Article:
Thursday, January 27, 2011

thanks, mr. frost

I'm in a poetic sort of mood today, which reminded me of my most recent trip to New England and a beautiful cemetary in Bennington, Vermont. I knew Robert Frost was buried there, so I begged The Husband to pull over and all three of us piled out of our rented SUV. The October air was perfect -- crisp, not too cold, quiet, sunny. Harper was bundled in her hoodie. There was a gorgeous white church built in 1700-something-or-other, and it was surrounded by gravestones of Revolutionary War soldiers. But perhaps the most breathtaking part of the scene was the bright yellow falling leaves that seemed to be everywhere -- coating the pathways and landing softly on tombstones. Mesmerized by the beauty of the place, I couldn't stop snapping pictures. We slowly made our way through the graves, following arrows that said "Frost grave." And suddenly there it was, and I was practically alone with a poet that filled many of my days as a pupil and, later, as an English teacher. By the time we arrived at Frost's grave, I wanted to thank him for leading me to that place, a beautiful, historic cemetary on a hillside in rural Vermont. I never thanked him properly, so instead, I'll leave it with one of my favorite Frost poems and a hope that one day I'll return.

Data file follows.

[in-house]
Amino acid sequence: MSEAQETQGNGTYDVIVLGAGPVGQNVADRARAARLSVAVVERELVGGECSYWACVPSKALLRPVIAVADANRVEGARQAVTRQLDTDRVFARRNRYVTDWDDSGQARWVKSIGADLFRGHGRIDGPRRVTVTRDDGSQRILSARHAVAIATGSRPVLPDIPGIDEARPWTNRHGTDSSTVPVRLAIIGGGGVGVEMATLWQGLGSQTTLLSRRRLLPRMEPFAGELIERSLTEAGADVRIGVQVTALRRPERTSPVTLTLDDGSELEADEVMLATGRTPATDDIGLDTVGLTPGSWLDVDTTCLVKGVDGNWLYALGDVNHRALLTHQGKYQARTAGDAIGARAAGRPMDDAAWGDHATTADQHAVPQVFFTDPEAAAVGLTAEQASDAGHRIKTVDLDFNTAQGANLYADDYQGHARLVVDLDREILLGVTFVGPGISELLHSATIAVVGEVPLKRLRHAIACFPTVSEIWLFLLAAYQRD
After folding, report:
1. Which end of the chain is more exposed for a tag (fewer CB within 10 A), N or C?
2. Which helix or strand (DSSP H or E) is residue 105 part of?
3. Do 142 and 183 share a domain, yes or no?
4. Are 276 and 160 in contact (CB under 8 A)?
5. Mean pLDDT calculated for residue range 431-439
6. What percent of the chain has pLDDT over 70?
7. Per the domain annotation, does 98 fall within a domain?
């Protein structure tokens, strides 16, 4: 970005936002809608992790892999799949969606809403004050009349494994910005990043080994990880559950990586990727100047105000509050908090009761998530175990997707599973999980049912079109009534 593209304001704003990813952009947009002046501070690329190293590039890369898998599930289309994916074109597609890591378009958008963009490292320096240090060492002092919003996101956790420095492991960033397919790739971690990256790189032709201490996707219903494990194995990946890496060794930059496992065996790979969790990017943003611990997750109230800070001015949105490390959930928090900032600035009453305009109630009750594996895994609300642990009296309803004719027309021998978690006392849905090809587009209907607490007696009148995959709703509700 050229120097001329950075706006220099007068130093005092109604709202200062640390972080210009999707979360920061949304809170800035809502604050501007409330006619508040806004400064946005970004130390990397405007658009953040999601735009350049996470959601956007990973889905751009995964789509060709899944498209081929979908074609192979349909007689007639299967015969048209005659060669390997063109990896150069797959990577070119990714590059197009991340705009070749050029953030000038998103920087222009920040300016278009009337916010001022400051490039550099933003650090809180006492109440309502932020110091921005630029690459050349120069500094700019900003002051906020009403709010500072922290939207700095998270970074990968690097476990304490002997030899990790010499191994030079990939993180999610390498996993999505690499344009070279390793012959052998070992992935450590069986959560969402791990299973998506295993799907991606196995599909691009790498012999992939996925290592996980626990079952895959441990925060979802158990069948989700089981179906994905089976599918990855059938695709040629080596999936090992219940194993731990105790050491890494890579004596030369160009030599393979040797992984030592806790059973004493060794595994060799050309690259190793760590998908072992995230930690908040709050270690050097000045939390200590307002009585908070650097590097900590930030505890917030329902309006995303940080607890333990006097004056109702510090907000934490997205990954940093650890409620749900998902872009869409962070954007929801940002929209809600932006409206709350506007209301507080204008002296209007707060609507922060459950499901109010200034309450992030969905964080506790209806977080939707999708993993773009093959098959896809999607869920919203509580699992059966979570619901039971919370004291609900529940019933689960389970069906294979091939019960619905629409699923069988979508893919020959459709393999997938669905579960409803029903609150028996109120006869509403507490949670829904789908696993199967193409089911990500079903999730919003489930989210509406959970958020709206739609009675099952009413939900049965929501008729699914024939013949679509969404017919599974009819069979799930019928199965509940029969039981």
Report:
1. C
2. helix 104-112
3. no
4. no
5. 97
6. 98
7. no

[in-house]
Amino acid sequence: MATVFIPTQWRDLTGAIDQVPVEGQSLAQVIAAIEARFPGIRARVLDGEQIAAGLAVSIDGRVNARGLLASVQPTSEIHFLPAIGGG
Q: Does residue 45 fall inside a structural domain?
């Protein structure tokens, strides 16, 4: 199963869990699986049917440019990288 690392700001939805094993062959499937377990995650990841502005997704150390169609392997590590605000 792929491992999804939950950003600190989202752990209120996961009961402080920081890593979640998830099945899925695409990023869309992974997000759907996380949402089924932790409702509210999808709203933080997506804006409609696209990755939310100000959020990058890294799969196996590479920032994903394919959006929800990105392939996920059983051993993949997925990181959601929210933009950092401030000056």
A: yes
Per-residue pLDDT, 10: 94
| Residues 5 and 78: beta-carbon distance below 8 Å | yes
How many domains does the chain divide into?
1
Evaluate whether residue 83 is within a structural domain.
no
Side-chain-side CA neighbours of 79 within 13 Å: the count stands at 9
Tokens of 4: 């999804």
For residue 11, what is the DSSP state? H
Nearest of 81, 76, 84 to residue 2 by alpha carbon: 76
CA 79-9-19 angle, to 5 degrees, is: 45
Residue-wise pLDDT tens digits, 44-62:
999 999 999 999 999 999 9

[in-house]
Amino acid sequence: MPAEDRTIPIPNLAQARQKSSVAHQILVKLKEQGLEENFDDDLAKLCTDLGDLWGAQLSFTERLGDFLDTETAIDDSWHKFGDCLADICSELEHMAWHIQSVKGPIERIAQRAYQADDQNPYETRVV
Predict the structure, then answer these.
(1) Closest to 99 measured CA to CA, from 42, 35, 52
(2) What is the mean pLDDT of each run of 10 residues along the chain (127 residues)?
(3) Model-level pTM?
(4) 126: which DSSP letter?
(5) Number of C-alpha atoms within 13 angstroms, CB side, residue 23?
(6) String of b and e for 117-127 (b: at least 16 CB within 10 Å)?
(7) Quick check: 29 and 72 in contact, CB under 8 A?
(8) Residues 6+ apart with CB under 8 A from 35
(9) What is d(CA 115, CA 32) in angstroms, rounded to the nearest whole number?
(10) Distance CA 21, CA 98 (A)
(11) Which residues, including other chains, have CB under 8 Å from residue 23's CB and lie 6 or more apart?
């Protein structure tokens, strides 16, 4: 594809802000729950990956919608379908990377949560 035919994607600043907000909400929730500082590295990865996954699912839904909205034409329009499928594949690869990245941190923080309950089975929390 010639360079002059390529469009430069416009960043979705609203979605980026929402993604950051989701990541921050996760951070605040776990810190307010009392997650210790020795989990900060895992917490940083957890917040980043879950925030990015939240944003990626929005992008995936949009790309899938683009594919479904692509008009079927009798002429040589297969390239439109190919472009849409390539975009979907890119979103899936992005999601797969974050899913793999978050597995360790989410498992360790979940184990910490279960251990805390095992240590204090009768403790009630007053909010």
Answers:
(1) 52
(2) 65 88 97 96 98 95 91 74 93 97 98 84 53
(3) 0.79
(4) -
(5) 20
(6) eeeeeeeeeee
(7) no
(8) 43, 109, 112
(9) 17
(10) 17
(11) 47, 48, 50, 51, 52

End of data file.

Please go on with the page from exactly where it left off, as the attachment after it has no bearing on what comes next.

A Late Walk
by Robert Frost

When I got up through the mowing field,
The headless aftermath,
Smooth-laid like thatch with the heavy dew,
Half closes the garden path.

And when I come to the garden ground,
The whir of sober birds
Up from the tangle of withered weeds
Is sadder than any words.

A tree beside the wall stands bare,
But a leaf that lingered brown,
Disturbed, I doubt not, by my thought,
Comes softly rattling down.

I end not far from my going forth,
By picking the faded blue
Of the last remaining aster flower
To carry again to you.

No comments: